She was booed when she shed all inhibitions to dance with her husband at a cultural event at her official residence. We questioned her common sense when she held the media responsible for the killer disease, dengue. We laughed at her when she said swine flu was a heart disease and we should plant more trees to get rid of the ailment. That’s Mumbai Mayor Snehal Ambekar.
But it’s time Mumbaikars forgive their First Citizen for the past, and thank her for doing what most politicians, especially in the ruling party, would not dare do. She has spoken out about rampant corruption in the city’s civic body that she heads politically. She has asked for a probe into malpractices that earn enormous amounts of money for contractors and corrupt officials (Ambekar steered clear of mentioning politicians).
The mayor’s office is ornamental in many ways because it does not really enjoy powers to make changes that the citizens would like to see. However, Ambekar shot into limelight last week when her letter to civic commissioner Ajoy Mehta was leaked. It wasn’t a request for a favour or two from the BMC’s powerful administrative chief. Instead, the letter asked him to look into corrupt practices in the Road department. She even specified technical details that pinpointed contractors and corrupt officials who were pocketing 80% of the total money that the BMC spends on transporting road debris to dumping yards.
It doesn’t take rocket science to understand how Ambekar knows so much about the richest civic body of the country. Coming directly from the horse’s mouth, these revelations were bound to be reliable, and Mehta took it seriously and acted without any further delay. The civic commissioner, who himself is on a clean-up mission in the BMC and has found similar malpractices in other departments, promptly issued guidelines to tackle this issue. Effective since October 1, vehicle tracking systems have been made compulsory for transport contractors, and violations will invite penal action and blacklisting.
While we praise first-time corporator Ambekar for her act of whistle-blowing, her own party, the Shiv Sena, is upset. Sources say that she may be replaced with another woman from a scheduled caste (the post is reserved for this category). The party believes that Ambekar has landed it in a big political mess ahead of the Kalyan-Dombivli municipal polls, where its ruling partner in Mumbai, State and Centre, has already made things difficult. Senior BJP leaders like CM Devendra Fadnavis, Vinod Tawde and Sudhir Mungantiwar did not shy away from casting aspersions on the Sena’s ability to manage cash-rich civic bodies if the party is re-elected there. The BJP is working on a similar anti-Sena agenda in the BMC, which will go to polls in February 2017.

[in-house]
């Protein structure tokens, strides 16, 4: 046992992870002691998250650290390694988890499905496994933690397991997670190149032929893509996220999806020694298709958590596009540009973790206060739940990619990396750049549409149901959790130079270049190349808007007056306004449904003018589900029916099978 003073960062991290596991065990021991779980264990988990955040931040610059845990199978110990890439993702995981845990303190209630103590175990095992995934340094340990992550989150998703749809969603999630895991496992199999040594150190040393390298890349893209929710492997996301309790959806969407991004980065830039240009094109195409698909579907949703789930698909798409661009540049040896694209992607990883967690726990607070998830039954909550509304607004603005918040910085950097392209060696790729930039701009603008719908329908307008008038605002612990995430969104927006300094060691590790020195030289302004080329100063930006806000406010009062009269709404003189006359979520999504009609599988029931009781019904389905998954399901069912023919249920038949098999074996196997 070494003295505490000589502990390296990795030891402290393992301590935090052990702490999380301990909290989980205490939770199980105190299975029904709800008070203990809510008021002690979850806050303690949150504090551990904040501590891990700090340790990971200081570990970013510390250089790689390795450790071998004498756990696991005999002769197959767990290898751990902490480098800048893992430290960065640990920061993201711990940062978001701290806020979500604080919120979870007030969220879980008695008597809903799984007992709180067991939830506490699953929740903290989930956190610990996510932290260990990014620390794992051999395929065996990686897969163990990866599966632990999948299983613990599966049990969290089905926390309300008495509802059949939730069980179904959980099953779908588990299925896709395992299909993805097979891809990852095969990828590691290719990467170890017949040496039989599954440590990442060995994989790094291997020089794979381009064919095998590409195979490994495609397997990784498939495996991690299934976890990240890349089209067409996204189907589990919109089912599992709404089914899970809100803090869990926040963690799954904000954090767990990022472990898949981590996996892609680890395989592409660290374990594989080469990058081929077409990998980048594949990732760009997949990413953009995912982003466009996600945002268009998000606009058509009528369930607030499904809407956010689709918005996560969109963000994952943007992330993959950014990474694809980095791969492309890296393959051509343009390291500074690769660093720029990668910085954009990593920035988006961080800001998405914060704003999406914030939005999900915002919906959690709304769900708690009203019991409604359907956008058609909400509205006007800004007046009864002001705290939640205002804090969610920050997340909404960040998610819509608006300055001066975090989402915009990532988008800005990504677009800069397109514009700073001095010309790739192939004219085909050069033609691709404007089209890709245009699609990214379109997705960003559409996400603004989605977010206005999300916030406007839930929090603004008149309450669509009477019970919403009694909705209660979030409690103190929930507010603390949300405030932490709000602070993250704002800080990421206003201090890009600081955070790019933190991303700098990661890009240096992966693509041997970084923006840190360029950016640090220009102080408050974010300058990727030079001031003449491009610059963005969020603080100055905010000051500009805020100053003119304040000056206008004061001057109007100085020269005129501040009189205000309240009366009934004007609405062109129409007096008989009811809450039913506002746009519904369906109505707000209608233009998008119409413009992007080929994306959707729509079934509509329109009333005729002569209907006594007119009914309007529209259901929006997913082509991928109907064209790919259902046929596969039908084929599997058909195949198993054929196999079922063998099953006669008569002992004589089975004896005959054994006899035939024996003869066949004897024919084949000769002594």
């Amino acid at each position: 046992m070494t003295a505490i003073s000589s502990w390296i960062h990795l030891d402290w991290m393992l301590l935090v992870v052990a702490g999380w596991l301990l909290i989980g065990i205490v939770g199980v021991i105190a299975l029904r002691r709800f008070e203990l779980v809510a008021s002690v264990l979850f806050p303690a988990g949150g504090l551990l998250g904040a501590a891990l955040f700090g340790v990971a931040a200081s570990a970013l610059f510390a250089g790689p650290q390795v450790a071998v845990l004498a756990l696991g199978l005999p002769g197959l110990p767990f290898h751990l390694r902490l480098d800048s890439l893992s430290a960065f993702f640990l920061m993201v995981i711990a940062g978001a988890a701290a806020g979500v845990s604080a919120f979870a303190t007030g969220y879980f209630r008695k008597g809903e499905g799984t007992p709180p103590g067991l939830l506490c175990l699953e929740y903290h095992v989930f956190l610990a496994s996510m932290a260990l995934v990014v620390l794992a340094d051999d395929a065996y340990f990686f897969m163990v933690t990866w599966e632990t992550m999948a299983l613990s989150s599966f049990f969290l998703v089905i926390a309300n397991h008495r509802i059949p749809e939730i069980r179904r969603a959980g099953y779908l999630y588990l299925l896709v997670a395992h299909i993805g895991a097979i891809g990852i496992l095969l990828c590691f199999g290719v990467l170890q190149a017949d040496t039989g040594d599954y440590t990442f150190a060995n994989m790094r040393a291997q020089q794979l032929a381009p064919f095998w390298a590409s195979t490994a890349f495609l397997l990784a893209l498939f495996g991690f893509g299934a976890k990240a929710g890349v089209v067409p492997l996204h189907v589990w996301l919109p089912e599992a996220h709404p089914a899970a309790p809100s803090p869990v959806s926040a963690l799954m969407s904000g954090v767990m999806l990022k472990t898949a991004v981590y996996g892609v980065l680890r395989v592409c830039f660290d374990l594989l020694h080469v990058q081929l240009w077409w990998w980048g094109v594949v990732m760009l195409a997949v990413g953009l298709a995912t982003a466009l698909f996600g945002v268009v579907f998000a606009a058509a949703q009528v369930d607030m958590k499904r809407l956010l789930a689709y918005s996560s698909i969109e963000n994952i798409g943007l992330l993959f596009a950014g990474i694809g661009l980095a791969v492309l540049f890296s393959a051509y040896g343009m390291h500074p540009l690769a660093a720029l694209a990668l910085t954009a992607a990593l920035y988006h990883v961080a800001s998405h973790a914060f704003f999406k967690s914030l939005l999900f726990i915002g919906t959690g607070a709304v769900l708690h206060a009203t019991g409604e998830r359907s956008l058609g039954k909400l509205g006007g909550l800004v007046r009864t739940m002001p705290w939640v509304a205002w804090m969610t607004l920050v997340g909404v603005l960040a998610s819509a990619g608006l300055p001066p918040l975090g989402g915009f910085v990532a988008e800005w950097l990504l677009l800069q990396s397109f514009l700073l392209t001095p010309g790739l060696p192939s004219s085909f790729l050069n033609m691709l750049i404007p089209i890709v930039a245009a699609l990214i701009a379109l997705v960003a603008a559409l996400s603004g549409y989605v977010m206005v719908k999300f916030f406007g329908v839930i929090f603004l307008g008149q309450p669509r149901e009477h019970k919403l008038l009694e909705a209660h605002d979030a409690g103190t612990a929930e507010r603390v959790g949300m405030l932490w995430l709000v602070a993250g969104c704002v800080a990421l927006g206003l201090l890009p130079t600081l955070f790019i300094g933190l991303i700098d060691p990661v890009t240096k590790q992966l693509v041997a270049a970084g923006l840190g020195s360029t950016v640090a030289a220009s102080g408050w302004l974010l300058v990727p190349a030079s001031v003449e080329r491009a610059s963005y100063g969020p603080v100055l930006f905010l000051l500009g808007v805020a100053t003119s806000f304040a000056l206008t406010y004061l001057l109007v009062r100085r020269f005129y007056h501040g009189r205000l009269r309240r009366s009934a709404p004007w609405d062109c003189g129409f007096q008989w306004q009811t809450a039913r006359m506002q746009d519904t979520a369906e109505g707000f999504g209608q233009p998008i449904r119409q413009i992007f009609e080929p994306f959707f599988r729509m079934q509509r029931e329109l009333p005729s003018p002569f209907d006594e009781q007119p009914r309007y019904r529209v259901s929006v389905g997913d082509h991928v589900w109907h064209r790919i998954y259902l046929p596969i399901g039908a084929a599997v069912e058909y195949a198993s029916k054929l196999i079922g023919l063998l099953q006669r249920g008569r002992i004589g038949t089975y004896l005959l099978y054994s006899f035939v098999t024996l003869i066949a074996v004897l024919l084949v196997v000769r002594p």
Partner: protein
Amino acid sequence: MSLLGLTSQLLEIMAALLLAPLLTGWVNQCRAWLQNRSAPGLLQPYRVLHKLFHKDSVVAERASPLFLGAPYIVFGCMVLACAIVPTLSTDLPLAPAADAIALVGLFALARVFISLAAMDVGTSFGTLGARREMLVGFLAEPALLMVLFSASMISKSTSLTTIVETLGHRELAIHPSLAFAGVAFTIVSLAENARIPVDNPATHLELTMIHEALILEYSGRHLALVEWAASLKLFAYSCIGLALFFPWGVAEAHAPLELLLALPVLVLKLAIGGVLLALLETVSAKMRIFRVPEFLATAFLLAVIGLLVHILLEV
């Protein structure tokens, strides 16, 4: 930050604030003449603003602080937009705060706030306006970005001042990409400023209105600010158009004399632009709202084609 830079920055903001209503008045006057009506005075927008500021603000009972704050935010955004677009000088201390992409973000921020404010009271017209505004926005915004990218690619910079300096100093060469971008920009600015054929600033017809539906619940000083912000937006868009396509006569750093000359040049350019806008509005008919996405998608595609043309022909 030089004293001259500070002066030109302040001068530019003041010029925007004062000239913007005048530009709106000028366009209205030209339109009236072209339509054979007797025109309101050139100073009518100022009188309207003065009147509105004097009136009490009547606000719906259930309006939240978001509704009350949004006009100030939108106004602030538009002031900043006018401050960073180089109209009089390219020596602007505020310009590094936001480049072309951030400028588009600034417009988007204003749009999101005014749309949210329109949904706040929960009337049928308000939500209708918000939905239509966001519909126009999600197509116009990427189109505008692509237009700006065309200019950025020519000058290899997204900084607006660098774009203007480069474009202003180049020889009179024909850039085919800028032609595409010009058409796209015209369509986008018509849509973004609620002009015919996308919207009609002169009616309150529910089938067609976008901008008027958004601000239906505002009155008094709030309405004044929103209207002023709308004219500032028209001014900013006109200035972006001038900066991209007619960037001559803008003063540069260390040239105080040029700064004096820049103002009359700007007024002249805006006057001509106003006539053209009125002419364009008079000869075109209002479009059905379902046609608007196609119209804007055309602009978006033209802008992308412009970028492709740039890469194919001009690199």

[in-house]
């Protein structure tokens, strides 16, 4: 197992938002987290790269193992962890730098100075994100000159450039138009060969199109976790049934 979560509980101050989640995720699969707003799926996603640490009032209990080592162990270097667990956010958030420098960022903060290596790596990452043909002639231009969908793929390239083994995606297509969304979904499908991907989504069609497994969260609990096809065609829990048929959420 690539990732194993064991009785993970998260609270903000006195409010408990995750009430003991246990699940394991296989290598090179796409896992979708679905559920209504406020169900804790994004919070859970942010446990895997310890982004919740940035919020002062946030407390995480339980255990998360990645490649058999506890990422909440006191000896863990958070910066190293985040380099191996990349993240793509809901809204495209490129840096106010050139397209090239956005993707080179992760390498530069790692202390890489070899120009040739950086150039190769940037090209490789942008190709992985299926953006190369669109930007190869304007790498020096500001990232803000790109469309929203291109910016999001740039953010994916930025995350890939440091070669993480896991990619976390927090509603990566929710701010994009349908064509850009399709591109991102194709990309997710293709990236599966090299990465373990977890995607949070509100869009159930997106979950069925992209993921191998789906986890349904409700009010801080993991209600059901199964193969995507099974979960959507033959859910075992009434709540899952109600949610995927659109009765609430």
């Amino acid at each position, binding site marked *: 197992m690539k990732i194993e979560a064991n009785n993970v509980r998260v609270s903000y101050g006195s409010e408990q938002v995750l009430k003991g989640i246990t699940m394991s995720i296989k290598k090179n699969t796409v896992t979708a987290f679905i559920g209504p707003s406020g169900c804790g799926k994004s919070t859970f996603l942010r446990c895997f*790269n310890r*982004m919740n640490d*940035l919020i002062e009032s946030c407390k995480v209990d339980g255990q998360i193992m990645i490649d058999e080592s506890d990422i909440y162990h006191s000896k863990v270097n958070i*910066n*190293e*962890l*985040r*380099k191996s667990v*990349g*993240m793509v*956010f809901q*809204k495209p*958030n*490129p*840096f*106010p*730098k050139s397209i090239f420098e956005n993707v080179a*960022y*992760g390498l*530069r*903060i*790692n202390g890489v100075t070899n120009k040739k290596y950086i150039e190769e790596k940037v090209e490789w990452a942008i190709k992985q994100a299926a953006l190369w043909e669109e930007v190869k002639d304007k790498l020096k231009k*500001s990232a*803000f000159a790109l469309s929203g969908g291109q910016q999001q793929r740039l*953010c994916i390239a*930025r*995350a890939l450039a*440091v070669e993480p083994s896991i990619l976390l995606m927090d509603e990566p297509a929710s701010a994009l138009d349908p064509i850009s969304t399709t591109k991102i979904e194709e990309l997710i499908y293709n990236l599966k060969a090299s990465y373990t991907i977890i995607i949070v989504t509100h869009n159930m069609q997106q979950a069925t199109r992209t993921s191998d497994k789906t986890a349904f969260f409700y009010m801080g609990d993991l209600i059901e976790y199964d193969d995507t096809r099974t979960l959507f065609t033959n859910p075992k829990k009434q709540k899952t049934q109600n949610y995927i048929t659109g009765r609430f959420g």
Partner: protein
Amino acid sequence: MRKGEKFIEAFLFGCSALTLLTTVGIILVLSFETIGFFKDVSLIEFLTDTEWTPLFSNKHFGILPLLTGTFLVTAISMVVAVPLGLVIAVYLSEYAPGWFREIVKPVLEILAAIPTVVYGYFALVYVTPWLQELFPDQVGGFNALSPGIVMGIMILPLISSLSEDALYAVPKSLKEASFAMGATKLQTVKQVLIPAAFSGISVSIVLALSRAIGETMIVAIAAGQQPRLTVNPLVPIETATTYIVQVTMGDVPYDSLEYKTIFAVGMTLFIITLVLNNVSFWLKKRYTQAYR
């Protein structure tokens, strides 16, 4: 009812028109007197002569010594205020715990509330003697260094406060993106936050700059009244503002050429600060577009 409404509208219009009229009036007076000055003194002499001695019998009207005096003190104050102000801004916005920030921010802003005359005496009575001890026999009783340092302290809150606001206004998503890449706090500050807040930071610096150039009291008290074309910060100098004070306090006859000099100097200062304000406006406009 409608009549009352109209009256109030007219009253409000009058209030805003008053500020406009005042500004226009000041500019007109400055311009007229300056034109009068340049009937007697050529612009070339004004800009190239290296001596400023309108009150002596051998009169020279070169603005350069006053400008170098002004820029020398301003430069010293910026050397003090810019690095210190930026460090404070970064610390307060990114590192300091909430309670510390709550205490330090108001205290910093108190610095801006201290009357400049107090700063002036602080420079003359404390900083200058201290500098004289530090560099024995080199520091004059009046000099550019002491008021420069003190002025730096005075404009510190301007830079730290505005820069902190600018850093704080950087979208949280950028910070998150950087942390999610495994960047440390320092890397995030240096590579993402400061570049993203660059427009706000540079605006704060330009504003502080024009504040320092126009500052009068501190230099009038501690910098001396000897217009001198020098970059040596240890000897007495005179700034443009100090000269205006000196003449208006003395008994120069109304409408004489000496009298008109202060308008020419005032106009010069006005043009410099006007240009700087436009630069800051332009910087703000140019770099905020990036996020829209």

We understand that Monday’s general meeting in the BMC will showcase what the BJP has on its mind. It is expected that the BJP will make speeches thanking Ambekar, however, with the sole purpose of chiding the Sena. The Congress and Samajwadi Party are expected to do the same. However, it would be interesting to watch the Maharashtra Navnirman Sena’s (MNS) actions, as a section in the Sena is in favour of joining hands with the party, if the decision is taken to elect a new Mayor.
Ambekar, who has denied any role, presumably under pressure from her party, in the ‘letter-writing’ business, is now in the dock. She has been accused of playing into the hands of disgruntled contractors who were denied projects from the Road department.
Questions were also raised about the ex-LIC employee’s knowledge of languages, and why the letter — signed by Ambekar — was drafted in chaste English, in violation of rules that strictly state Marathi is the official language. In the aftermath, a secretary in the mayor’s office was made the scapegoat and transferred immediately.
We may not have evidence to prove Ambekar’s role as yet, but the letter has given us enough dope to understand the ‘percentage raaj’ in the Sena-led BMC. Let’s see how the Mayor handles the imminent threat of removal, issued by her party seniors.
The writer is Political Editor of mid-day